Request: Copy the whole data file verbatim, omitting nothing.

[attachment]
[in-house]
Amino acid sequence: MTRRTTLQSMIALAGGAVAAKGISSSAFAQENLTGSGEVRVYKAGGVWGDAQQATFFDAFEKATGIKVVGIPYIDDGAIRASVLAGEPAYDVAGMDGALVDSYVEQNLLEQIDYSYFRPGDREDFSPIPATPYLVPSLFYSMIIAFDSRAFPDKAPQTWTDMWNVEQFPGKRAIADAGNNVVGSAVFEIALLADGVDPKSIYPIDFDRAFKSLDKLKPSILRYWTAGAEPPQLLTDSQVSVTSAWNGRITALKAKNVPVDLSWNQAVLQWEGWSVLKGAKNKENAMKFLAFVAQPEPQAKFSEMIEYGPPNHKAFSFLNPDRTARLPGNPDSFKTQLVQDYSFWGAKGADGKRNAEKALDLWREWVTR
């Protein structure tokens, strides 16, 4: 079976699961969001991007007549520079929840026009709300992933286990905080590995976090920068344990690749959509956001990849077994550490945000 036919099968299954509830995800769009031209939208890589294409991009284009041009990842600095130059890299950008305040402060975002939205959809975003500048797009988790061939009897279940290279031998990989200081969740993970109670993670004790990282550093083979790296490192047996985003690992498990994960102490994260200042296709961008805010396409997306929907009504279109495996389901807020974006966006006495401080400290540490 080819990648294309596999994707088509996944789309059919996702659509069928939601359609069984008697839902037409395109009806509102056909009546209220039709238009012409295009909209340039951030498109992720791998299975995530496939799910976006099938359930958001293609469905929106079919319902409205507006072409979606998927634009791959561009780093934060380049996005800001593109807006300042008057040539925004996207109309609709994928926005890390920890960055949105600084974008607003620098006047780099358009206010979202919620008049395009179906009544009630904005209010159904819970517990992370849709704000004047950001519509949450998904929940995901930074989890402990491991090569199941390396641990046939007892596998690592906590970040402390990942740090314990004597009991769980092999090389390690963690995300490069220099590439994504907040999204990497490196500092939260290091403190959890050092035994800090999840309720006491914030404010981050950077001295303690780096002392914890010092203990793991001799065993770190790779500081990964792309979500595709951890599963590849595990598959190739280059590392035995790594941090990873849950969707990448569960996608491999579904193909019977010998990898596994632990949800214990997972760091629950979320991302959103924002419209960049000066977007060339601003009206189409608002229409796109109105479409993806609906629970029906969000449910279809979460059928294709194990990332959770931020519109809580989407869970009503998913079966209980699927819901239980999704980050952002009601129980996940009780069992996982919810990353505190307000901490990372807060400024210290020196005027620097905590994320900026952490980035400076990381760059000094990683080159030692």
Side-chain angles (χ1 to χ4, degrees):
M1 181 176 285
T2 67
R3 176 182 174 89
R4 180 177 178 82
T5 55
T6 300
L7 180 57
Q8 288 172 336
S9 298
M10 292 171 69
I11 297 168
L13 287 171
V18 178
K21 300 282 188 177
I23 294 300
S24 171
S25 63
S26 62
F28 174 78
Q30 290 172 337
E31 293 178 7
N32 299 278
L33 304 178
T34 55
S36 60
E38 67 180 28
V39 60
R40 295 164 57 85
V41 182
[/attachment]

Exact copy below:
[in-house]
Amino acid sequence: MTRRTTLQSMIALAGGAVAAKGISSSAFAQENLTGSGEVRVYKAGGVWGDAQQATFFDAFEKATGIKVVGIPYIDDGAIRASVLAGEPAYDVAGMDGALVDSYVEQNLLEQIDYSYFRPGDREDFSPIPATPYLVPSLFYSMIIAFDSRAFPDKAPQTWTDMWNVEQFPGKRAIADAGNNVVGSAVFEIALLADGVDPKSIYPIDFDRAFKSLDKLKPSILRYWTAGAEPPQLLTDSQVSVTSAWNGRITALKAKNVPVDLSWNQAVLQWEGWSVLKGAKNKENAMKFLAFVAQPEPQAKFSEMIEYGPPNHKAFSFLNPDRTARLPGNPDSFKTQLVQDYSFWGAKGADGKRNAEKALDLWREWVTR
């Protein structure tokens, strides 16, 4: 079976699961969001991007007549520079929840026009709300992933286990905080590995976090920068344990690749959509956001990849077994550490945000 036919099968299954509830995800769009031209939208890589294409991009284009041009990842600095130059890299950008305040402060975002939205959809975003500048797009988790061939009897279940290279031998990989200081969740993970109670993670004790990282550093083979790296490192047996985003690992498990994960102490994260200042296709961008805010396409997306929907009504279109495996389901807020974006966006006495401080400290540490 080819990648294309596999994707088509996944789309059919996702659509069928939601359609069984008697839902037409395109009806509102056909009546209220039709238009012409295009909209340039951030498109992720791998299975995530496939799910976006099938359930958001293609469905929106079919319902409205507006072409979606998927634009791959561009780093934060380049996005800001593109807006300042008057040539925004996207109309609709994928926005890390920890960055949105600084974008607003620098006047780099358009206010979202919620008049395009179906009544009630904005209010159904819970517990992370849709704000004047950001519509949450998904929940995901930074989890402990491991090569199941390396641990046939007892596998690592906590970040402390990942740090314990004597009991769980092999090389390690963690995300490069220099590439994504907040999204990497490196500092939260290091403190959890050092035994800090999840309720006491914030404010981050950077001295303690780096002392914890010092203990793991001799065993770190790779500081990964792309979500595709951890599963590849595990598959190739280059590392035995790594941090990873849950969707990448569960996608491999579904193909019977010998990898596994632990949800214990997972760091629950979320991302959103924002419209960049000066977007060339601003009206189409608002229409796109109105479409993806609906629970029906969000449910279809979460059928294709194990990332959770931020519109809580989407869970009503998913079966209980699927819901239980999704980050952002009601129980996940009780069992996982919810990353505190307000901490990372807060400024210290020196005027620097905590994320900026952490980035400076990381760059000094990683080159030692």
Side-chain angles (χ1 to χ4, degrees):
M1 181 176 285
T2 67
R3 176 182 174 89
R4 180 177 178 82
T5 55
T6 300
L7 180 57
Q8 288 172 336
S9 298
M10 292 171 69
I11 297 168
L13 287 171
V18 178
K21 300 282 188 177
I23 294 300
S24 171
S25 63
S26 62
F28 174 78
Q30 290 172 337
E31 293 178 7
N32 299 278
L33 304 178
T34 55
S36 60
E38 67 180 28
V39 60
R40 295 164 57 85
V41 182